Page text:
Slide Right In: MSA’s Drop Slide Solutions
MSA 4×4 Accessories is the premier Australian brand for straight and drop Fridge slides, as well as other high-quality soft goods like rear tire bags. Would you be surprised to know that MSA4x4 actually holds the original patents to these designs in the United States? That’s right; the dozen fridge slides on the market right now, down to the Trasharoo tire bag, are all original patented designs from MSA4x4.
These MSA drop slides are available for fridges up to 95L and can be optioned as straight, drop or sideways drop. Additionally, a protective mesh cage can be attached to any configuration to ensure that the space your fridge occupies in the back, is only occupied by your fridge.
All of MSA’s slides are constructed from carbon and stainless steel, with all stainless components featuring a stunning blue anodization, and their compact size means that they will not affect the storage of your vehicle, no matter how limited it may be. Heavy drawer slides are rated for 200kg (440.92 pounds), and are fitted with gas struts to make sure that heavy ass fridge that is loaded with 45lbs of bacon and enough six-packs for the weekend, is easily stored back where it is supposed to be. The MSA drop slide range is the only sliders on the market that can be operated one handed. Want to see? Here is how they work.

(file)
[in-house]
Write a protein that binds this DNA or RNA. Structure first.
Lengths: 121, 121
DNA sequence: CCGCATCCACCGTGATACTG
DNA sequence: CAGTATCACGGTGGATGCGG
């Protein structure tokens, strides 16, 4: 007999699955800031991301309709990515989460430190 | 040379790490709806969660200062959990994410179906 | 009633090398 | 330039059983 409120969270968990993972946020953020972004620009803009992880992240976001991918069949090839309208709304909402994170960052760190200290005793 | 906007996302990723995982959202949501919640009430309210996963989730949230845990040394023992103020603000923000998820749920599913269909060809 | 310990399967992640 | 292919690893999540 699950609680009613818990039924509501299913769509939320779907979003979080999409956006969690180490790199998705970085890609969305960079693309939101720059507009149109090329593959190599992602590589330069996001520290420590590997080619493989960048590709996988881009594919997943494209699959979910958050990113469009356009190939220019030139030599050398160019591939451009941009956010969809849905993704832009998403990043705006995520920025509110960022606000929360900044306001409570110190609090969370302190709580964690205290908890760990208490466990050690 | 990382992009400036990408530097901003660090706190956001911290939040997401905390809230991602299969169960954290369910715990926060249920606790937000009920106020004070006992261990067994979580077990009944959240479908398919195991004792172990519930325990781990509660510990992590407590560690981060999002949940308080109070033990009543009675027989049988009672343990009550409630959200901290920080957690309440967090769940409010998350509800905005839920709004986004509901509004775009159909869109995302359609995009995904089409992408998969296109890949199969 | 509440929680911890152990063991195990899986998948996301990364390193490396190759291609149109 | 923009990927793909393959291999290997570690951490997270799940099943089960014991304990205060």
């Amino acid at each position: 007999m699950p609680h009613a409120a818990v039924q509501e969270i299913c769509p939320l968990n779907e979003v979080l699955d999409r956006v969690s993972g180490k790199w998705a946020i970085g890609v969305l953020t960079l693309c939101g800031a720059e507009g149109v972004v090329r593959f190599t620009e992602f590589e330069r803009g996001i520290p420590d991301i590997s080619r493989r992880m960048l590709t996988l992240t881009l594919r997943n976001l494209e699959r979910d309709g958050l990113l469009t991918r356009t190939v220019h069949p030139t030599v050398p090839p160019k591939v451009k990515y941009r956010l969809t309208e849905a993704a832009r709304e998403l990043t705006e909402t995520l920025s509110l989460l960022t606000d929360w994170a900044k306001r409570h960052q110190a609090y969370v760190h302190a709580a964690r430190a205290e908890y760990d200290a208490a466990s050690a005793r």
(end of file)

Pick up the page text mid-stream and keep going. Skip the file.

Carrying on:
Not interested in a slide for your fridge? MSA also supplies heavy-duty shop and tool rolls for storage drawers, or wherever you keep your bits. Constructed of heavy 12oz duck canvas and made down under, these rolls are so heavily built, they are the last ones you will need to buy, ever.
All MSA4x4 products are covered by a lifetime quality guarantee. If it is determined that any of their products are defective in materials or workmanship, MSA 4×4 will repair or replace the product in its entirety. How does MSA 4×4 think of their products? If you read the fine print of their warranty disclaimer, their products are warrantied for one year when used in mining applications.
When was the last time you saw an Overlander prospecting for precious metals on a commercial level? Yeah — we thought so.